Bridging the Digital Divide: Using Ecological Modeling to Enhance Adult Student Recruitment and Retention in Higher Education
Date of Award
Doctor of Education (EdD)
Higher education is at a crossroads. An enrollment cliff (Kline, 2019) looms and global instability only exacerbates the need for higher and continuing education. The global COVID-19 pandemic of 2020 highlighted the problem, and despite the evolutions in technology and Internet connectivity, there is still a chasm regarding equity of digital access. This applied dissertation study examined the barriers that exist for returning adult students to higher education and the digital divide in Louisiana. The study focused on the potential adult student population of Louisiana who have some college experience but no bachelor’s degree. Designed using archival research methods, the study uses maps for ecological modeling. The extent to which the digital divide impacts the potential adult student population of the state of Louisiana was explored through ecological models in the form of maps created using openly sourced government data (the ACS and the FCC Form 477). The theoretical considerations of population ecology and a theory about the digital divide, van Dijk’s resources and appropriation theory were explored. As well as two conceptual frameworks, the Spatially Aware Technology Utilization Model (SATUM) and the Three Domains of Sustainability used to frame the interpretation that conclude that access, ability, and affordability are the three domains required for stability and use of the Internet. The results from the study found that both geographic location and socio-economic characteristics do seem to impact access to the Internet. The analysis includes recommendations for addressing barriers to adult student recruitment and retention through the three components needed to create organizational stability: environmental factors, social factors, and economic factors.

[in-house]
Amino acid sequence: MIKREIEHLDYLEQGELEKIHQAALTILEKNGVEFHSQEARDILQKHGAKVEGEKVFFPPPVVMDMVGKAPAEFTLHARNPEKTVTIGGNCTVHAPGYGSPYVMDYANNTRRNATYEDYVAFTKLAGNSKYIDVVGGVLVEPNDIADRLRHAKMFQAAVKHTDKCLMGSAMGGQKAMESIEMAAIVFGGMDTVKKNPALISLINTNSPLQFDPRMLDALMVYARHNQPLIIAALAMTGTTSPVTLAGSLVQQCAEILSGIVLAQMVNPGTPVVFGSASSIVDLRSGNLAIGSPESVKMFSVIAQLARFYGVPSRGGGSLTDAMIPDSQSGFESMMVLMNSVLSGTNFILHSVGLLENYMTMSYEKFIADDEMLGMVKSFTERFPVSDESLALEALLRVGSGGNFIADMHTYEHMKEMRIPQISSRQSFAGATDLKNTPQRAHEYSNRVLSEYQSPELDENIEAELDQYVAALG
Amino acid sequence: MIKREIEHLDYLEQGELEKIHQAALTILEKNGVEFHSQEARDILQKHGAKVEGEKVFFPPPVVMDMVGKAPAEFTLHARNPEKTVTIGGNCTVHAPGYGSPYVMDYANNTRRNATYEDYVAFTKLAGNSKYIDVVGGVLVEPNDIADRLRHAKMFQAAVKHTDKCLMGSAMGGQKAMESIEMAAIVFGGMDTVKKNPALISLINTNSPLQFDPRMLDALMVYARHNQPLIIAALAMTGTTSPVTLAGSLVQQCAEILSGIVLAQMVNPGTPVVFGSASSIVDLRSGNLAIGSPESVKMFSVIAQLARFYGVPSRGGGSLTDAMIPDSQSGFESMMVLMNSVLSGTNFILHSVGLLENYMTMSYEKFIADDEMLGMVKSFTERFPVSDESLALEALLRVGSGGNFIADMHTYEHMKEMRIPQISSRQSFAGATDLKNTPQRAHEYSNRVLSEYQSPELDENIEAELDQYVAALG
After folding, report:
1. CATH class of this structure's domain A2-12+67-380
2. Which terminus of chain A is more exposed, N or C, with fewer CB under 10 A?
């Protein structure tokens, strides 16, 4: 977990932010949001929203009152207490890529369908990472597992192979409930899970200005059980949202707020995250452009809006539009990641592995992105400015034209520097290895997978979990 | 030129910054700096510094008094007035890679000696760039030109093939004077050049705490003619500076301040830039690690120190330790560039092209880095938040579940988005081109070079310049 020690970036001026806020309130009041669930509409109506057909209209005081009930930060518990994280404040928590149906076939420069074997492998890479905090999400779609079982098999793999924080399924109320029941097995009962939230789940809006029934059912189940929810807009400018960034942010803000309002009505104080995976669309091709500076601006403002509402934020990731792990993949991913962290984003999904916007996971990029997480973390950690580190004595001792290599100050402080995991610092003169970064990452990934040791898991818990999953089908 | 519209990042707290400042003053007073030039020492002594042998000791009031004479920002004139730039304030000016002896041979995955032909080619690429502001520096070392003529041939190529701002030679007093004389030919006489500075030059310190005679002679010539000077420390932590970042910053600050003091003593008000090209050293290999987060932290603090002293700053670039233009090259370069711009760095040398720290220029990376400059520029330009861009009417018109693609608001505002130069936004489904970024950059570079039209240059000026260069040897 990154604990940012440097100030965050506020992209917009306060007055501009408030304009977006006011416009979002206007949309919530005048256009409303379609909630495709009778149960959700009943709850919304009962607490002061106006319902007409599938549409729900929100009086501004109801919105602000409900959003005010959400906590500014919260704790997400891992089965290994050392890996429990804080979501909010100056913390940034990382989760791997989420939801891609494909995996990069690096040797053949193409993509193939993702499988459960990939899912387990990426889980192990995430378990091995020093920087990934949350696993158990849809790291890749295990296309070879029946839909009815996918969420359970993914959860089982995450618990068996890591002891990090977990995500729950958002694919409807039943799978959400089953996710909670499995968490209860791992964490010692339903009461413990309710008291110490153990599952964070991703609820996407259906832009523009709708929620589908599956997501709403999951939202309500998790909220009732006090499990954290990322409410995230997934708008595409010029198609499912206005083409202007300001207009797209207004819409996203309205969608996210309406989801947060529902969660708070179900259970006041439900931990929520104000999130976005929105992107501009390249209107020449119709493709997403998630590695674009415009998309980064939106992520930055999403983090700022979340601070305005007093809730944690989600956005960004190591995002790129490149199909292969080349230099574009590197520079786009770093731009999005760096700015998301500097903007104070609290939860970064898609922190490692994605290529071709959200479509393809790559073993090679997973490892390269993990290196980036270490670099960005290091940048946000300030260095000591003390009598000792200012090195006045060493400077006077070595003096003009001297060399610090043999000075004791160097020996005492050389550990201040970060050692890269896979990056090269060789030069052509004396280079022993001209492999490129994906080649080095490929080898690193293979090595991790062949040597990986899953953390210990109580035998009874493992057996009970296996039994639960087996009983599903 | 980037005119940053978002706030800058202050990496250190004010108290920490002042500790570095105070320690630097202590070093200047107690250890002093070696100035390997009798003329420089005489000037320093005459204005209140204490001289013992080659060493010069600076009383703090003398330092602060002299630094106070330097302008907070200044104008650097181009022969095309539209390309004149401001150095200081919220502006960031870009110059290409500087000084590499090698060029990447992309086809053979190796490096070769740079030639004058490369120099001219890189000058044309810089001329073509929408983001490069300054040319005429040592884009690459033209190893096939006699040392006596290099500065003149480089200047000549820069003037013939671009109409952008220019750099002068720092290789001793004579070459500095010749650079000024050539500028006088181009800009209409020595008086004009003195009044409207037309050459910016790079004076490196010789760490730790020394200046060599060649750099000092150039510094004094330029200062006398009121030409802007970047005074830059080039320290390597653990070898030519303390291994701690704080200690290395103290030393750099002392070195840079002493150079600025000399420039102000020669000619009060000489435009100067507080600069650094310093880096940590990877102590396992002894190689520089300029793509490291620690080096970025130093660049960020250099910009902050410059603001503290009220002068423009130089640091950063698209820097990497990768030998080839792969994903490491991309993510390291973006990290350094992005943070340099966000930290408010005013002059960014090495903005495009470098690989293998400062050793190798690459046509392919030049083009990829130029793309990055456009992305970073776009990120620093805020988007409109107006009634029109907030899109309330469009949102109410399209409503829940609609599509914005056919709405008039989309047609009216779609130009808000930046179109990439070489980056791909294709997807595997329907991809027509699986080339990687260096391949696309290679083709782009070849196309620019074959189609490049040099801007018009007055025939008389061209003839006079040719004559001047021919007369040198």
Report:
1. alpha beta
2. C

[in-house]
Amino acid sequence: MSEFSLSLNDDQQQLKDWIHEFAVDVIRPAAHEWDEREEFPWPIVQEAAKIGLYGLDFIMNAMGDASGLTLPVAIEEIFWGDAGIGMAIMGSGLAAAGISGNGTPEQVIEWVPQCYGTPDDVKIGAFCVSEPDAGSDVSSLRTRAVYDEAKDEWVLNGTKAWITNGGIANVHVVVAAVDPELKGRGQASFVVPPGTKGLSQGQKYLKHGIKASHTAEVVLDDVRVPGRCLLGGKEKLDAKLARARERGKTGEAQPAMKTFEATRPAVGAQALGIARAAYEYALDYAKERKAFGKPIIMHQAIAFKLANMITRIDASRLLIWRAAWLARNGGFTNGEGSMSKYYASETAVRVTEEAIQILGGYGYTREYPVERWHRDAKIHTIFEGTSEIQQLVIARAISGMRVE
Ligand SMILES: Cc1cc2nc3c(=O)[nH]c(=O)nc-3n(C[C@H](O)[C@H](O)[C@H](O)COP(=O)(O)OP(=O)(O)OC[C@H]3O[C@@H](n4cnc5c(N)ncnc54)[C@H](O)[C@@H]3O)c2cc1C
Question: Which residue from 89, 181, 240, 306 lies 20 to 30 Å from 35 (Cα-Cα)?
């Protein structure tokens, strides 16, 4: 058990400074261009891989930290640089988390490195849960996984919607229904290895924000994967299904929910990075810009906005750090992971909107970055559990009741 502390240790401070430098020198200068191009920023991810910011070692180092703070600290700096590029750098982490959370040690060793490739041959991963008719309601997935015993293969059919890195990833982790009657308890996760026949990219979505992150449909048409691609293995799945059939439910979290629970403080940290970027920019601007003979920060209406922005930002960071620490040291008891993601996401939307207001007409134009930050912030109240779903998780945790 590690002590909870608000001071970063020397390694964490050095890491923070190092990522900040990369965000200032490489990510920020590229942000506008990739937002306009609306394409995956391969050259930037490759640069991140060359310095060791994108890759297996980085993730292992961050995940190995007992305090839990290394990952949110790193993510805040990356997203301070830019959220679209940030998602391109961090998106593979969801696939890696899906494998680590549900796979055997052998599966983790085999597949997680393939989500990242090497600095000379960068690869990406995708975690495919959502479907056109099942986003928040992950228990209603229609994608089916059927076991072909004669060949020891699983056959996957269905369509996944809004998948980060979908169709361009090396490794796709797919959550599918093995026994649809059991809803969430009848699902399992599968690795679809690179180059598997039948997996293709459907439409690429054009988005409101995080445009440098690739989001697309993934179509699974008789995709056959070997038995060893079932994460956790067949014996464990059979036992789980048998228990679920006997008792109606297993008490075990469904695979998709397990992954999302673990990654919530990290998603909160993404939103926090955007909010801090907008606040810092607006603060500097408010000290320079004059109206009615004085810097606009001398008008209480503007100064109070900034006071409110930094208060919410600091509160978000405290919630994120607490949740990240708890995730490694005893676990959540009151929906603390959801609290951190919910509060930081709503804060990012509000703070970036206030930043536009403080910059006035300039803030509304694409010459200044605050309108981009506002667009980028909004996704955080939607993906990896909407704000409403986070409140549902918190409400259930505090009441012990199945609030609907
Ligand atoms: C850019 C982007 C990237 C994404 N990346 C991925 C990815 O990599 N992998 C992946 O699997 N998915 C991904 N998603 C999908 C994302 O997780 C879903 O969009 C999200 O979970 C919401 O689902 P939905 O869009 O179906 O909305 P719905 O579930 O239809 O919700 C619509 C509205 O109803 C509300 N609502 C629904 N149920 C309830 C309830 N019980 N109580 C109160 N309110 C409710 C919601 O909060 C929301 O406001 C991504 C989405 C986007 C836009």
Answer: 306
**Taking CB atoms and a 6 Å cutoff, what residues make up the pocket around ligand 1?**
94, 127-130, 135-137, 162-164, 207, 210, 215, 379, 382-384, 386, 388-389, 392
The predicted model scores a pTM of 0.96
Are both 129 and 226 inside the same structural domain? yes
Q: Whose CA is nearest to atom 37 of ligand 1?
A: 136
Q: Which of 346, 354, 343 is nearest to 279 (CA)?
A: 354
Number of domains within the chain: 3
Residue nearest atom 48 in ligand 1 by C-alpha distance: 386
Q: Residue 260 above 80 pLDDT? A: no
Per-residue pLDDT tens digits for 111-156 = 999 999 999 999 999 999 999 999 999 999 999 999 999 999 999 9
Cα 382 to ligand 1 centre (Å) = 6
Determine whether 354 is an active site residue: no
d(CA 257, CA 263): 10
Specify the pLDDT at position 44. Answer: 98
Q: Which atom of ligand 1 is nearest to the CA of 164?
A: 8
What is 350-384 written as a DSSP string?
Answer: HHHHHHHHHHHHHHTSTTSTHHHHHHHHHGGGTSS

Dawson, Katherine, "" (2023). Dissertation. 984.